Which Regions Are Churning Out the Most Biotech IPOs?

Xconomy National — 

If you’ve got ambitions to start and build a biotech company that may someday go public, where is the best place to make it happen? Which regional clusters provide the most fertile places where people, scientific ideas, technology, and money come together to build NASDAQ-worthy biotech companies?

This is just one more way of looking at the strength and vitality of regional biotech clusters. A few weeks ago, readers may recall I ranked regional biotech clusters based on how many major league companies they have. That analysis looked at how many life sciences companies are headquartered in each region and have more than $100 million in cash and short-term investments to pursue their ideas.

That’s one way of looking at how much strength a region has. But it left out a whole bunch of small up-and-coming life sciences companies that every region must also have if it’s going to be a vibrant place. Given that 45 life sciences companies have raised $3.9 billion combined from IPOs this year, there are enough data points to look at where all the IPO-caliber companies are coming from. I also sought to measure the relative strength of the companies by looking at how much cash these companies vacuumed up in their IPOs and brought back to their respective communities.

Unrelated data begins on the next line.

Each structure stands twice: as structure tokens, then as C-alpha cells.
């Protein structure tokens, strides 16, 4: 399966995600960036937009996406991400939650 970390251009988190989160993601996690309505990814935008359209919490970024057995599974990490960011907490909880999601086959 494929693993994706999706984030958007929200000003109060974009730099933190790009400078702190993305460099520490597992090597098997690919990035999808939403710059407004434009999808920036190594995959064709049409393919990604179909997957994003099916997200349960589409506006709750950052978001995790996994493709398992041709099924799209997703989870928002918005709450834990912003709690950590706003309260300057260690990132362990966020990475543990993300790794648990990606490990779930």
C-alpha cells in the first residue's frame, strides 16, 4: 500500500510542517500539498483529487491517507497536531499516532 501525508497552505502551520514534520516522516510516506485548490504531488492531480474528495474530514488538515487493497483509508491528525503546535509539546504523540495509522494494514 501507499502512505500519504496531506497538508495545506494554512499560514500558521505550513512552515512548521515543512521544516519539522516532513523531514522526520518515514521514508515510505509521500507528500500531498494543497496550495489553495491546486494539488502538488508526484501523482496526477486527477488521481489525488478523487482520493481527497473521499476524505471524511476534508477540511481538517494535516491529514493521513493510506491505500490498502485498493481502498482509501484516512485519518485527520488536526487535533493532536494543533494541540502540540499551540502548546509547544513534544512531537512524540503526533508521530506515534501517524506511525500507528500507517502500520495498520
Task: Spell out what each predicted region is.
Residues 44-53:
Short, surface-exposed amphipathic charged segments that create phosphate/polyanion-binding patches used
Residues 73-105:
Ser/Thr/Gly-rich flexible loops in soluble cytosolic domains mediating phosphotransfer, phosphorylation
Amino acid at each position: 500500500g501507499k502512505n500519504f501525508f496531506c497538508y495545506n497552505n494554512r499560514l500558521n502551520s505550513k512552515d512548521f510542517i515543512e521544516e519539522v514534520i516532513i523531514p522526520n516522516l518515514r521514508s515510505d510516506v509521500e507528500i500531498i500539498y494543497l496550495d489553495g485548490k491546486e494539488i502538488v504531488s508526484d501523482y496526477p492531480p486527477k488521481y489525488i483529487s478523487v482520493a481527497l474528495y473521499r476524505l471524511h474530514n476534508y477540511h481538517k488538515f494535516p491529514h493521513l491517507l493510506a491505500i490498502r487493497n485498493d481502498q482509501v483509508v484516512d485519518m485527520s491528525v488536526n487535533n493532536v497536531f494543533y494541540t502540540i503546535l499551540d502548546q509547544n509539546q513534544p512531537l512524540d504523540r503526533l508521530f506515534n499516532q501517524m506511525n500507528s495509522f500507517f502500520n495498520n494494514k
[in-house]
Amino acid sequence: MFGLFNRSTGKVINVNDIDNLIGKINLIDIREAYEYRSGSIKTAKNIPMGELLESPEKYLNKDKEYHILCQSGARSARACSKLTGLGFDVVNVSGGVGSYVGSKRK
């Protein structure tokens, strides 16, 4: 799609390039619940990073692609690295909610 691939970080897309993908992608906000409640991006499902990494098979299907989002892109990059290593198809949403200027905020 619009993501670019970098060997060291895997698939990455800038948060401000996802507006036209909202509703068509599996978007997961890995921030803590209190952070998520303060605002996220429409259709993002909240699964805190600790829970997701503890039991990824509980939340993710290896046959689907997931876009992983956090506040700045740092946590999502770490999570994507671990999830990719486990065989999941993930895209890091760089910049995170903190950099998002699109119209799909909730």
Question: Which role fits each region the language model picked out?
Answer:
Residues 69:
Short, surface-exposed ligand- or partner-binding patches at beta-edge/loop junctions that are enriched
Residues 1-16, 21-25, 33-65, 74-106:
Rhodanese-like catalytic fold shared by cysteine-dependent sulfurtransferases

This analysis came out a little differently than the other one. Boston—that place with all the giddy Red Sox fans—came out No. 1 in the ranking of major league life sciences companies, and triumphed again in this analysis. Boston is home to eight of the 45 (18 percent) of the life sciences IPOs this year, and its companies have raised the most money—about $770 million. But all you dejected Yankees fans can cheer up—the New York/northern New Jersey region has pumped out just as many IPOs as Boston this year, with eight. San Diego comes in third with six IPOs completed so far this year, and San Francisco is next with five. It should be noted, however, that San Francisco’s IPOs have collectively raised a lot more money than San Diego’s—$441 million in gross proceeds went to the Bay Area, compared with $362 million for San Diego.

Some readers may wonder about New York/New Jersey, and whether it’s fair to lump those two states together in an integrated region. I have gotten mixed feedback on this. If you break New York and New Jersey into distinctly different clusters, then Boston is the undisputed champion of biotech IPO activity. New York by itself has only produced two biotech IPOs this year and New Jersey has given birth to six.